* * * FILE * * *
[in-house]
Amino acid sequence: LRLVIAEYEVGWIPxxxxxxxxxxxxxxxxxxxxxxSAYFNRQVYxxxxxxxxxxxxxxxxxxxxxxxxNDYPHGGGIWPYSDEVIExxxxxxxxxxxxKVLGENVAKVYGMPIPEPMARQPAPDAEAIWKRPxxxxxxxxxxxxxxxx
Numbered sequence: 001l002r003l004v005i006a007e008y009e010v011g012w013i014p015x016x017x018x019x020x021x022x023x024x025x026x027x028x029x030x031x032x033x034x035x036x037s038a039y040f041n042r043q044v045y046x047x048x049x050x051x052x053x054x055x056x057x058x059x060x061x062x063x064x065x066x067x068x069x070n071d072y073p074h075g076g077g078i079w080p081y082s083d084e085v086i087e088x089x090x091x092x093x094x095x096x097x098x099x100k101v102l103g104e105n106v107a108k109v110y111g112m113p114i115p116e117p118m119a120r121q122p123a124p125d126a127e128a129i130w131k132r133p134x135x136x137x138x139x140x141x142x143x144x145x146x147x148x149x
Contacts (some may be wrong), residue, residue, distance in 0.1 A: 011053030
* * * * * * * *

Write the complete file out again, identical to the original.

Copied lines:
[in-house]
Amino acid sequence: LRLVIAEYEVGWIPxxxxxxxxxxxxxxxxxxxxxxSAYFNRQVYxxxxxxxxxxxxxxxxxxxxxxxxNDYPHGGGIWPYSDEVIExxxxxxxxxxxxKVLGENVAKVYGMPIPEPMARQPAPDAEAIWKRPxxxxxxxxxxxxxxxx
Numbered sequence: 001l002r003l004v005i006a007e008y009e010v011g012w013i014p015x016x017x018x019x020x021x022x023x024x025x026x027x028x029x030x031x032x033x034x035x036x037s038a039y040f041n042r043q044v045y046x047x048x049x050x051x052x053x054x055x056x057x058x059x060x061x062x063x064x065x066x067x068x069x070n071d072y073p074h075g076g077g078i079w080p081y082s083d084e085v086i087e088x089x090x091x092x093x094x095x096x097x098x099x100k101v102l103g104e105n106v107a108k109v110y111g112m113p114i115p116e117p118m119a120r121q122p123a124p125d126a127e128a129i130w131k132r133p134x135x136x137x138x139x140x141x142x143x144x145x146x147x148x149x
Contacts (some may be wrong), residue, residue, distance in 0.1 A: 011053030